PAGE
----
Food Animal Fun

Catherine T.In February, Texas A&M hosted its annual Food Animal Wet Lab, an event designed to give students exposure to all sorts of food animal medicine techniques and topics we don’t always cover in enough detail in class.

Because my main career focus is working with beef cattle and other livestock after graduation, this event is always a great time for me! I learned about castrating calves, giving epidurals, and performing C-sections, all of which can be the bread-and-butter of a food animal vet’s practice.

Even though I’ve known I want to practice in this field of veterinary medicine for a long time, it’s fun to see my classmates from all walks of life getting involved, too. Even if you plan to be a bird vet or a radiologist, who doesn’t love to play around with animals and learn from our knowledgeable and entertaining professors? Plus, you never know when a great experience may change your career goals for the better (and, yes, that is a shameless plug for food animal medicine).

While I had a lot of fun participating in the different wet labs, one of the most interesting parts of the day was meeting other students from different schools and even different states. I was able to work with and help teach several pre-vet students from West Texas and was excited to see their passion for this kind of work so early in their school careers.

I also got to learn alongside veterinary students from Oklahoma and Kansas and share interesting tidbits about how our curriculum and veterinary experiences differ. I also got to learn some things that make me grateful that I go to Texas A&M, such as the fact that it was 8 degrees in Manhattan, Kansas, the day before the wet lab.

In my upcoming fourth year of vet school, I’ll have the opportunity to travel around Texas and to California and Colorado on externships. I’m excited for the opportunity to venture out from College Station and meet other students and veterinarians from different backgrounds.

The great diversity of veterinary medicine, and everyone’s unique experiences and perspective, is just one of the things that I love so much about this profession!

Keeping Swimming via Wet Labs

Nantika D.Time flies quickly—I feel that this is so true. One-third of the fall semester has already passed. When my day starts, usually at 6 a.m., it does not stop until midnight or as late as 2 a.m. As Dory, from the movie “Finding Nemo,” says, “Just keep swimming, swimming, swimming”…that’s each day for me. It seems tiring, but certainly not boring, because along the way I am learning many different aspects of medicine for different species.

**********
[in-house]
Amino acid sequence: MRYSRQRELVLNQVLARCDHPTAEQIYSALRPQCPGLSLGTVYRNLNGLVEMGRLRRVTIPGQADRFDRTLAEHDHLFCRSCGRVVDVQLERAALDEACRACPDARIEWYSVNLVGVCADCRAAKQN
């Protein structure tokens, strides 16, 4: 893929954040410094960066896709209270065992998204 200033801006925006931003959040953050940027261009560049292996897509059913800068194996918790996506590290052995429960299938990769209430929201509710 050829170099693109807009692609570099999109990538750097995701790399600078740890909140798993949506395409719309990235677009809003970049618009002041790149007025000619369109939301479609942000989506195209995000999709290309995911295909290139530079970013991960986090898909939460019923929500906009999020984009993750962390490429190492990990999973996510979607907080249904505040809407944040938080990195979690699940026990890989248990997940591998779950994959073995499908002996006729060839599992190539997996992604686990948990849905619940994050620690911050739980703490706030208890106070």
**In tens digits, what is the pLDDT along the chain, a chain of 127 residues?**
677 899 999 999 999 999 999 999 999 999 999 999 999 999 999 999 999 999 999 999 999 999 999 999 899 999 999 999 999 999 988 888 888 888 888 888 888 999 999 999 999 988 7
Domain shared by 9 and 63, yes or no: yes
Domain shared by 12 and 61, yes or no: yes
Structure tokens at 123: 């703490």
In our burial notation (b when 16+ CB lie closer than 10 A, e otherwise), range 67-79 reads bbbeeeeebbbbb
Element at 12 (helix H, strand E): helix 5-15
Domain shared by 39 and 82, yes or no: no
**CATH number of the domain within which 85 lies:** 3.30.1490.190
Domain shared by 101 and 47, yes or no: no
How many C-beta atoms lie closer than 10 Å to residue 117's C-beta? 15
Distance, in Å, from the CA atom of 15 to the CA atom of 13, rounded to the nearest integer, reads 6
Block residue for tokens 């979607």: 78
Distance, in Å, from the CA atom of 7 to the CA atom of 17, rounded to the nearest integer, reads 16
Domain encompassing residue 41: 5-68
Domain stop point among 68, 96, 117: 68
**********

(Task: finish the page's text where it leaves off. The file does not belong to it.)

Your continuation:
As a second-year veterinary student at Texas A&M, there is still a lot to learn until I become a veterinarian. With little clinical experiences prior to applying to the program, I felt like a deer in front of the headlights. But soon enough, I learned that opportunities are always around, not only in the clinical skill labs provided in school curriculum, but I can also easily get clinical experiences outside of the classroom. The more I practice my clinical skills, the more confident I will be when I graduate.

One of the ways I receive hands-on experience during the semester is through wet labs. A wet lab is set up by the student organizations, of which there are more than 20 at the CVM, including student chapters of the national associations for Equine Practitioners, Bovine Practitioners, and Internal Medicine, and Emergency and Critical Care; groups focusing on Laboratory Animal Medicine and Zoo, Exotics, Wildlife Medicine; and many others. These wet labs are scheduled for the weekend or after-school hours, and each is supervised and taught by board-certified veterinarians who are specialized in the field being covered in the wet lab. Last weekend, I participated in a dermatology wet lab. Dr. Alison Diesel, who is board certified in veterinary dermatology, came to teach us to perform sample collection and diagnostic evaluations for ear cytology, skin scrapes, and impression smear cytology in dogs and cats.

Last year, I participated in five web labs. First, during an internal medicine wet lab, I learned to perform centeses (thoracocentesis, abdominocentesis, and arthrocentesis), esophageal tube placement, lymph nodes aspiration, and organ and skin biopsy (aspiration and punch biopsy). Second, during a lab animal wet lab, I learned to handle and restrain the rats, as well as to administer drugs and medications. Third, during a Surgery Club wet lab, I learned how to scrub, gown, glove, wrap packs, and suturing techniques and patterns. Fourth, in a cytology clinical pathology wet lab, hosted by the Pathology Club, I learned to look for abnormal cells under microscopes, which prepared me for when I take a pathology class this year. My last wet lab last year was the small and large animal dentistry, hosted by the Dental Club, in which I learned to determine the age of dogs and horses and how to perform canine teeth cleanings.

I recently signed up for an emergency and critical care wet lab. In it, I will get a chance to practice techniques such as temporary tracheostomys and watch the clinician demonstrate open-chest CPR. This year the Internal Medicine group also will offer an equine echocardiogram wet lab.

Participating in these wet labs allows me to explore more about veterinary medicine; it is a part of my veterinary school journey I really enjoy, a part that helps me to “keep swimming.”